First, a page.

Cliping paths do not cut anything. They merely mask visibility of pixels. If you need multiple pieces, you need to actually duplicate the image layer and apply its own clipping mask.
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What you want is a feature called a lens fill.
Among many other things, Illustrator does not provide that. Canvas, Corel Draw, and Adobe's other drawing program, FreeHand, have for many years.
In Illustrator, in some instances, (depending on what exactly you are doing) you can resort to a cheap, cheezy, and cumbersome "cheat" by:
1. Store the artwork or raster image that you want to clip as a Symbol.
2. Use multiple paths on Instances of that Symbol.
That way, your file still only contains the artwork once. Like a magnifyer lens fill, you can scale the clipped instances individually (i.e.; the functional equivalent of detail views). And editing the artwork (by editing the Symbol) updates the various instances contained in the several clipping paths.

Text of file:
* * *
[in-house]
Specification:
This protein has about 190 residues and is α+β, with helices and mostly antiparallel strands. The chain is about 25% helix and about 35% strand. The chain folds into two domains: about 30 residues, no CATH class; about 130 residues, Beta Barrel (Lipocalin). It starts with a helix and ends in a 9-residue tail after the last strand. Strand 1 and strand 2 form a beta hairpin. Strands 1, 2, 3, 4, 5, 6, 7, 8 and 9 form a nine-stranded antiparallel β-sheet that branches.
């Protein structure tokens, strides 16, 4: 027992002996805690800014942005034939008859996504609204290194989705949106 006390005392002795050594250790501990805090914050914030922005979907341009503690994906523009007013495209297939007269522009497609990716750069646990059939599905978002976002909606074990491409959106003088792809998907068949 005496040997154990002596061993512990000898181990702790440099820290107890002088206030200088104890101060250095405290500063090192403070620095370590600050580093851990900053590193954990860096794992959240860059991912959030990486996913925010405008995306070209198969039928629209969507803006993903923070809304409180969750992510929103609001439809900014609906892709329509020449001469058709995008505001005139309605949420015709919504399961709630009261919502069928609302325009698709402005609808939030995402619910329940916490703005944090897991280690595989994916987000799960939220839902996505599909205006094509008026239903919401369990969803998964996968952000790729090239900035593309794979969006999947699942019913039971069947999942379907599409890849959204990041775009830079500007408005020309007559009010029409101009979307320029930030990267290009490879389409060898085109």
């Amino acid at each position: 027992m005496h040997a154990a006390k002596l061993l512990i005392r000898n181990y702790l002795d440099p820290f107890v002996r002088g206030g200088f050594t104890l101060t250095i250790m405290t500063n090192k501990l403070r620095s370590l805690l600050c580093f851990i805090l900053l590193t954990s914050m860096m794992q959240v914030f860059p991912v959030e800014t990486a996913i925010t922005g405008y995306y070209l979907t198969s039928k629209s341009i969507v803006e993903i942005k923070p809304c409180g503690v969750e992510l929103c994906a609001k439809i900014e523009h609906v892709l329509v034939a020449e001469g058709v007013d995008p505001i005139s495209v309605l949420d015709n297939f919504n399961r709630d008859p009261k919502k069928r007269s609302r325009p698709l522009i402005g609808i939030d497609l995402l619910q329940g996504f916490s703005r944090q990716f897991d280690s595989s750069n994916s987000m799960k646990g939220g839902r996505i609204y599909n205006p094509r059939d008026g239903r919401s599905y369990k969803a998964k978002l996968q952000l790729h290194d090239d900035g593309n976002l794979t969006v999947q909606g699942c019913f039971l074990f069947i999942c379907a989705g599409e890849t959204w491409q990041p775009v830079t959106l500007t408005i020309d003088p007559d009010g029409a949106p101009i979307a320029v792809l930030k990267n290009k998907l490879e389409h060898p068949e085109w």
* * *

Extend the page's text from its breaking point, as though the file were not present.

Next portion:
I did a demo of this here some years back, to create a zoomed-in detail of a map, in which edits to the map automatically updated the detail view.
thank you both..I had a feeling Freehand would be able to do this...no clue Adobe now owns it..wow..
The Symbol method holds promise..I think I'll give that a whack..
Another thought I had was: arrange the Illustrator shapes how I want them, import them into Photoshop to use them as a mask and place them over my raster image and use that selection to delete all but the area defined by the shapes, then to import that resulting PS file into the Illustrator document.
if I change my mind about how I want the shapes, I'd have to re-do that process..I guess it's a matter of which would be less tedious: my PS method, or the Symbols method.
Thank you for weighing in on this..